By Bob Bruton, Barrie Examiner
Chimineas are back on Barrie’s front-burner.
Councillors agreed Monday to a zero-tolerance enforcement policy, so that all such fires would be ordered extinguished upon complaint.
A second complaint at the same address within 24 hours can result in a fine.
A copy of this policy would be provided to anyone receiving an outdoor burning permit.
“It’s very important to have some recourse, and that it have some teeth,” said Coun. Michael Prowse. “It’s an effective compromise.”
Coun. Barry Ward said the complaints would have to be specific.
“Like the smoke is blowing in your window,” he said. “That’s a complaint.”
This policy would replace a motion councillors were to consider for a total ban on outdoor solid fuel-burning appliances, or chimineas, beginning Jan. 1, 2015.
Permits would not have been issued past Oct. 1, 2014, although anyone with a permit issued up to and including that date would have been allowed to burn until the ban became law.
“Whatever we do, people will be unhappy. It’s a very polarizing issue,” said Coun. Doug Shipley. “Maybe we can get people (neighbours) discussing this a little more, being more civil.”
Only Couns. Bonnie Ainsworth and John Brassard voted against the zero-tolerance policy, as opposed to a ban.
“I don’t believe an urban setting is the right place for these devices,” Brassard said, noting there is no way to control smoke blown by wind. “The majority of people don’t complain, they suffer in silence.”
Brassard and Ainsworth both noted there are alternatives, such as gas and propane burning devices.
Ainsworth also said it is a waste of firefighting resources.
“I’d like someone to tell me how this can be enforced without sending a pumper crew over to a house, with four firefighters,” she said.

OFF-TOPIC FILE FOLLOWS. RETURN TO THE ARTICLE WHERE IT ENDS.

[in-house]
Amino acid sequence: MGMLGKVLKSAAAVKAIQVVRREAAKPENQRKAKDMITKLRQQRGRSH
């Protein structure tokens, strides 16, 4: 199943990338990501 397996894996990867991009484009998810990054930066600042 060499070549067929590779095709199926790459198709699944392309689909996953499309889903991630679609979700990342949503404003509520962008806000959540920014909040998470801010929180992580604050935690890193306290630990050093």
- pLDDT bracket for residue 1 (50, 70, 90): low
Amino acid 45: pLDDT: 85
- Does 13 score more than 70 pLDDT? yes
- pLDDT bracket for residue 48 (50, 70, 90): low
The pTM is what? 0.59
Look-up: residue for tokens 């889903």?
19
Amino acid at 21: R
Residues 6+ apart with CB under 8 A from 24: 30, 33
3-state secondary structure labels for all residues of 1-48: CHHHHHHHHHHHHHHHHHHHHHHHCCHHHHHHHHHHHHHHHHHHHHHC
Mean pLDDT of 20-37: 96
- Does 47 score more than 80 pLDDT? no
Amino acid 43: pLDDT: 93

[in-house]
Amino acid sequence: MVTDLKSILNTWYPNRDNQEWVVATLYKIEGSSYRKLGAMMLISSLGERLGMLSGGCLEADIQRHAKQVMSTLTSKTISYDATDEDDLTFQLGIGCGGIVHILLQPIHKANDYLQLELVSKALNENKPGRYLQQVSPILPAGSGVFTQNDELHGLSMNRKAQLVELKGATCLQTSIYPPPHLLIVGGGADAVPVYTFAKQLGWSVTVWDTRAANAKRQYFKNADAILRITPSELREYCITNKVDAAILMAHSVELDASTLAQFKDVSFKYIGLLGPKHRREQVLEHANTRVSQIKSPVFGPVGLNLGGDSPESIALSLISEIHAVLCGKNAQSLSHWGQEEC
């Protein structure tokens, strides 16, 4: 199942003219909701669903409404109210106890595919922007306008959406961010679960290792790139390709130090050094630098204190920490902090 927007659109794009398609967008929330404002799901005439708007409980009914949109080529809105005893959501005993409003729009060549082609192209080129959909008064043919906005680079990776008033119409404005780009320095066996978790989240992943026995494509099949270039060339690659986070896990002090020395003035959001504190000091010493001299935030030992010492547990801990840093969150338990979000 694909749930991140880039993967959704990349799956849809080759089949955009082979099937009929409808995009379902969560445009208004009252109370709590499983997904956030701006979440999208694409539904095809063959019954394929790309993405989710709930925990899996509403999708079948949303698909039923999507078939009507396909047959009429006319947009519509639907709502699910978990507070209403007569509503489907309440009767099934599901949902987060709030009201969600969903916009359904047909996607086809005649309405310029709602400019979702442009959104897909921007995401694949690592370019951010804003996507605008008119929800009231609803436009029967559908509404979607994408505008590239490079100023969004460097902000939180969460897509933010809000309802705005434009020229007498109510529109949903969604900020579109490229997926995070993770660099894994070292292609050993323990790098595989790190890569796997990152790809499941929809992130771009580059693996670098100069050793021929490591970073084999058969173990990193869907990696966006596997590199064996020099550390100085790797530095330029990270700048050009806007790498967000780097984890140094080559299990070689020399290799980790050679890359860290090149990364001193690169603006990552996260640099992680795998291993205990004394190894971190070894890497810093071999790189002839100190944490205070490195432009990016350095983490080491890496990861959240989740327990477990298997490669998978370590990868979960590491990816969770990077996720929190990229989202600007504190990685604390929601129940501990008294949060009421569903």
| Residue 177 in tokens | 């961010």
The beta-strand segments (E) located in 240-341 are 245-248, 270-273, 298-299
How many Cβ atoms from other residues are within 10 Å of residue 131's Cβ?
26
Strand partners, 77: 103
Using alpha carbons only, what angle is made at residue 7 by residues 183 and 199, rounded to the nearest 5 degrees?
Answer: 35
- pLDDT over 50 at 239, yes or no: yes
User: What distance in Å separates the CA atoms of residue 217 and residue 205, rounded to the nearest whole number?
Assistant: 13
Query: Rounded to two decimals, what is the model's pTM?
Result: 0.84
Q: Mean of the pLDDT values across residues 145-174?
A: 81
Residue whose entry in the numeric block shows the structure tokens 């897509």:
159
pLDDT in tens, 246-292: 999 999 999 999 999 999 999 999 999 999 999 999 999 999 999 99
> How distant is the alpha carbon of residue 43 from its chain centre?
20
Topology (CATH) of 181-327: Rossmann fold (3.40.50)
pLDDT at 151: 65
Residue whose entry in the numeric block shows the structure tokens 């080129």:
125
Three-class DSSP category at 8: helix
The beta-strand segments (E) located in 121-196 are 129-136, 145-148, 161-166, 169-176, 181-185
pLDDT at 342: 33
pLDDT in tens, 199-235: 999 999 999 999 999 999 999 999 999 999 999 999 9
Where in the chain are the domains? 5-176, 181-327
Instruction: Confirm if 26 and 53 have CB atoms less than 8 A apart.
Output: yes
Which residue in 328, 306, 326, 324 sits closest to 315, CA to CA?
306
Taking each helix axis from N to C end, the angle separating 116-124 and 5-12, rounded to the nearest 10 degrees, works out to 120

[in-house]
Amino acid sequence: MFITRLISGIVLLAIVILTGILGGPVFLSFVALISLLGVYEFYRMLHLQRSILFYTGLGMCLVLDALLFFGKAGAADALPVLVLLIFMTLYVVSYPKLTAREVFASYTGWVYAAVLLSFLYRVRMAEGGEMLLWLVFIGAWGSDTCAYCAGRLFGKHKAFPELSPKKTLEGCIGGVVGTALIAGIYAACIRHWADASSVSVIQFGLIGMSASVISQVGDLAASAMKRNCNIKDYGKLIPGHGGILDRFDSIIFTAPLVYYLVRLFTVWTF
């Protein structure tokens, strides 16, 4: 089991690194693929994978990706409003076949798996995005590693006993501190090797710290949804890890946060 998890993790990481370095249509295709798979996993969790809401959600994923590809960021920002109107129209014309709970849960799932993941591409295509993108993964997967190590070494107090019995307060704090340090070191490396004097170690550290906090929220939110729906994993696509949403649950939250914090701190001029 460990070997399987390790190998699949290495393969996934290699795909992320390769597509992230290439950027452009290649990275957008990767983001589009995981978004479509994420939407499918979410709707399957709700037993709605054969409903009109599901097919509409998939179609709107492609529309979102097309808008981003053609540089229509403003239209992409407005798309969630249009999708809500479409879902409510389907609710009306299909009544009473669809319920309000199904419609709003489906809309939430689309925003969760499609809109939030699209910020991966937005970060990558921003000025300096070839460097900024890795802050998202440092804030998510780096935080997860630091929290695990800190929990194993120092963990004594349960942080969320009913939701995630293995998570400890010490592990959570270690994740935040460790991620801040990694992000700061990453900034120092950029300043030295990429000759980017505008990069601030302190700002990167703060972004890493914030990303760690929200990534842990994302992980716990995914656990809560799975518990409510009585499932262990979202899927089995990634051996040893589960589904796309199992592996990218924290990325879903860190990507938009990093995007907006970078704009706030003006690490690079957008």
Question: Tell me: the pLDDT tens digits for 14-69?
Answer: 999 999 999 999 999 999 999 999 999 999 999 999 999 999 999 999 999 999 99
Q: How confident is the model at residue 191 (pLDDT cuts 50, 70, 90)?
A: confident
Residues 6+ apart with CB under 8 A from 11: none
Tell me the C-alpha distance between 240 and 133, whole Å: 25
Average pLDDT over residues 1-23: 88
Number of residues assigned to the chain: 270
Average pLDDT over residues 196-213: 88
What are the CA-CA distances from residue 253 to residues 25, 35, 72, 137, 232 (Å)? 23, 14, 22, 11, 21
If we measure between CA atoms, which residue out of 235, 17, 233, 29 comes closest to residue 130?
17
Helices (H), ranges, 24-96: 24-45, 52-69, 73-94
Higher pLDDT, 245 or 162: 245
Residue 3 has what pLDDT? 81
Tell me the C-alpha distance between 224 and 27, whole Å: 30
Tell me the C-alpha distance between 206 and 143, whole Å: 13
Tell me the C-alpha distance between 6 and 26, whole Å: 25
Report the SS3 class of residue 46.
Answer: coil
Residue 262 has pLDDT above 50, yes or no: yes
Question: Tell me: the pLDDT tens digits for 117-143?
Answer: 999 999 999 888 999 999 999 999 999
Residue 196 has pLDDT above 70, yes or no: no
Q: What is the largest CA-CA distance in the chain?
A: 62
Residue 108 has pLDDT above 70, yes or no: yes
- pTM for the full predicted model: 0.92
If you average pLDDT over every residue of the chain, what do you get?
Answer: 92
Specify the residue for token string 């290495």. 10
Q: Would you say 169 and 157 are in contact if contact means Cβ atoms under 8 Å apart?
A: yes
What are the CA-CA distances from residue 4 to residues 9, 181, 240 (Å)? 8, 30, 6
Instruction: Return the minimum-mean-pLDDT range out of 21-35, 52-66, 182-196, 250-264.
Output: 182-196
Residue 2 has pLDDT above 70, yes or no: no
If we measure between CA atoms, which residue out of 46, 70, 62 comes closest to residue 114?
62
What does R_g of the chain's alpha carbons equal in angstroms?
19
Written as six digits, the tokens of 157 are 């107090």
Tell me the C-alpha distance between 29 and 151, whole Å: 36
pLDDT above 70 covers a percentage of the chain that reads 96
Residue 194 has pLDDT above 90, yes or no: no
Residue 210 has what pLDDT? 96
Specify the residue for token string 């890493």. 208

But Prowse said the fees charged for chimineas offset any firefighting costs.
“And we are not paying (more) to send four firefighters on a call,” said Coun. Arif Khan. “These firefighters are already on the clock.”
Barrie Fire Chief John Lynn said the zero-tolerance policy will result in more burning calls to his department.
A city bylaw allows chimineas, with a $10 permit, for property owners or tenants with the owner’s consent.
But it prohibits their use between midnight and 8 a.m., with a $250 set fine for infractions.
Councillors were to consider a total ban last fall — effective Jan. 1, 2014 — but the motion never made it onto the floor.
Instead of confirming the current regulations on chimineas council sent the matter back to its community services committee for further review. The matter was reviewed during a February meeting.
Lynn has supported the ban, saying fire department resources and people’s health are what’s most important.
His department received 212 complaints about the burning appliances between January and September last year.
The city issued 2,689 permits during the first nine months of 2012. There were 26 fire appliance tickets issued and six permits were revoked.
Lynn has said the average complaint probably consumes about an hour of time for the four firefighters who attend each call, in a truck.
He said the fire department bills $410 an hour. Should there be an emergency, these firefighters are also not in the best place to respond to another call.
The fire chief has cited Environment Canada about the dangers of smoke and gases from burning wood; they contain sulphur, nitrogen oxides, carbon monoxide and carcinogenic compounds.
He’s also cited a University of Washington study, Health Effects of Wood Smoke, that shows smoke wood particles are too small to be filtered by the nose and upper respiratory system — so they can end up in the lungs.
Closed doors and windows don’t stop these particles from seeping into homes either. Wood smoke also worsens existing conditions, such as asthma and emphysema.
About three years ago, the fire department asked for a total ban on the devices. The previous council turned it down.
In 2007, city council passed a bylaw to regulate the burning appliances and monitor complaints for two years.
They were, at the time, exempt from the bylaws which regulated the setting of open fires.
For the full article, click here.